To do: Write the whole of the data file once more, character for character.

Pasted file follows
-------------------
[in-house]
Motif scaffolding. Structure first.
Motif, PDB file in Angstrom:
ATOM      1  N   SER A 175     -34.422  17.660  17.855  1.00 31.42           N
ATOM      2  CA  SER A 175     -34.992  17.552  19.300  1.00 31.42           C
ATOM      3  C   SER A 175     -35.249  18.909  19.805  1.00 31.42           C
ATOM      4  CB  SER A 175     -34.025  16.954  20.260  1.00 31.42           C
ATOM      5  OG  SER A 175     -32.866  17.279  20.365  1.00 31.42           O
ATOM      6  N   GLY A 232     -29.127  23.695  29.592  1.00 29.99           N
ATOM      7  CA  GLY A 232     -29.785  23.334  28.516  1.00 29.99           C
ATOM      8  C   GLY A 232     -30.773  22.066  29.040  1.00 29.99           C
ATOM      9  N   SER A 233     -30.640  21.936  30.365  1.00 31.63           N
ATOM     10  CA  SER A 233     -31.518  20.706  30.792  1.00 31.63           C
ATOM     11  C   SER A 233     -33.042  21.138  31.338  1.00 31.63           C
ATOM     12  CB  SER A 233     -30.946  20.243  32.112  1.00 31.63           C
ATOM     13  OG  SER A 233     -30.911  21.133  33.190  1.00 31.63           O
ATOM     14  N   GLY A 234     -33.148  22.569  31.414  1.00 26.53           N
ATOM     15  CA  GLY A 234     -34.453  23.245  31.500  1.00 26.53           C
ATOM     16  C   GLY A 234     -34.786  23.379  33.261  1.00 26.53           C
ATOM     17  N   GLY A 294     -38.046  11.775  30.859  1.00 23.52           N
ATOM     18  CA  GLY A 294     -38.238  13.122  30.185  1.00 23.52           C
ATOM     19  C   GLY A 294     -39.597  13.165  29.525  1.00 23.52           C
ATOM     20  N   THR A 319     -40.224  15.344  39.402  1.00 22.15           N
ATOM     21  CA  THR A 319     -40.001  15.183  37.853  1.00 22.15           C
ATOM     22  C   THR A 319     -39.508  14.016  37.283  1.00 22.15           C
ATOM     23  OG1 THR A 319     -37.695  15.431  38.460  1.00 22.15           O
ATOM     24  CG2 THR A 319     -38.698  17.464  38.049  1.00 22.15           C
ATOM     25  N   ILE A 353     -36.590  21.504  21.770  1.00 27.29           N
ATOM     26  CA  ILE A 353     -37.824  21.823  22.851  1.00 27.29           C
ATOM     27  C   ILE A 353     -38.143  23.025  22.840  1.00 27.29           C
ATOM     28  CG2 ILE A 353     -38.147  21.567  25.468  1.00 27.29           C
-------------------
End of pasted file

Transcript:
[in-house]
Motif scaffolding. Structure first.
Motif, PDB file in Angstrom:
ATOM      1  N   SER A 175     -34.422  17.660  17.855  1.00 31.42           N
ATOM      2  CA  SER A 175     -34.992  17.552  19.300  1.00 31.42           C
ATOM      3  C   SER A 175     -35.249  18.909  19.805  1.00 31.42           C
ATOM      4  CB  SER A 175     -34.025  16.954  20.260  1.00 31.42           C
ATOM      5  OG  SER A 175     -32.866  17.279  20.365  1.00 31.42           O
ATOM      6  N   GLY A 232     -29.127  23.695  29.592  1.00 29.99           N
ATOM      7  CA  GLY A 232     -29.785  23.334  28.516  1.00 29.99           C
ATOM      8  C   GLY A 232     -30.773  22.066  29.040  1.00 29.99           C
ATOM      9  N   SER A 233     -30.640  21.936  30.365  1.00 31.63           N
ATOM     10  CA  SER A 233     -31.518  20.706  30.792  1.00 31.63           C
ATOM     11  C   SER A 233     -33.042  21.138  31.338  1.00 31.63           C
ATOM     12  CB  SER A 233     -30.946  20.243  32.112  1.00 31.63           C
ATOM     13  OG  SER A 233     -30.911  21.133  33.190  1.00 31.63           O
ATOM     14  N   GLY A 234     -33.148  22.569  31.414  1.00 26.53           N
ATOM     15  CA  GLY A 234     -34.453  23.245  31.500  1.00 26.53           C
ATOM     16  C   GLY A 234     -34.786  23.379  33.261  1.00 26.53           C
ATOM     17  N   GLY A 294     -38.046  11.775  30.859  1.00 23.52           N
ATOM     18  CA  GLY A 294     -38.238  13.122  30.185  1.00 23.52           C
ATOM     19  C   GLY A 294     -39.597  13.165  29.525  1.00 23.52           C
ATOM     20  N   THR A 319     -40.224  15.344  39.402  1.00 22.15           N
ATOM     21  CA  THR A 319     -40.001  15.183  37.853  1.00 22.15           C
ATOM     22  C   THR A 319     -39.508  14.016  37.283  1.00 22.15           C
ATOM     23  OG1 THR A 319     -37.695  15.431  38.460  1.00 22.15           O
ATOM     24  CG2 THR A 319     -38.698  17.464  38.049  1.00 22.15           C
ATOM     25  N   ILE A 353     -36.590  21.504  21.770  1.00 27.29           N
ATOM     26  CA  ILE A 353     -37.824  21.823  22.851  1.00 27.29           C
ATOM     27  C   ILE A 353     -38.143  23.025  22.840  1.00 27.29           C
ATOM     28  CG2 ILE A 353     -38.147  21.567  25.468  1.00 27.29           C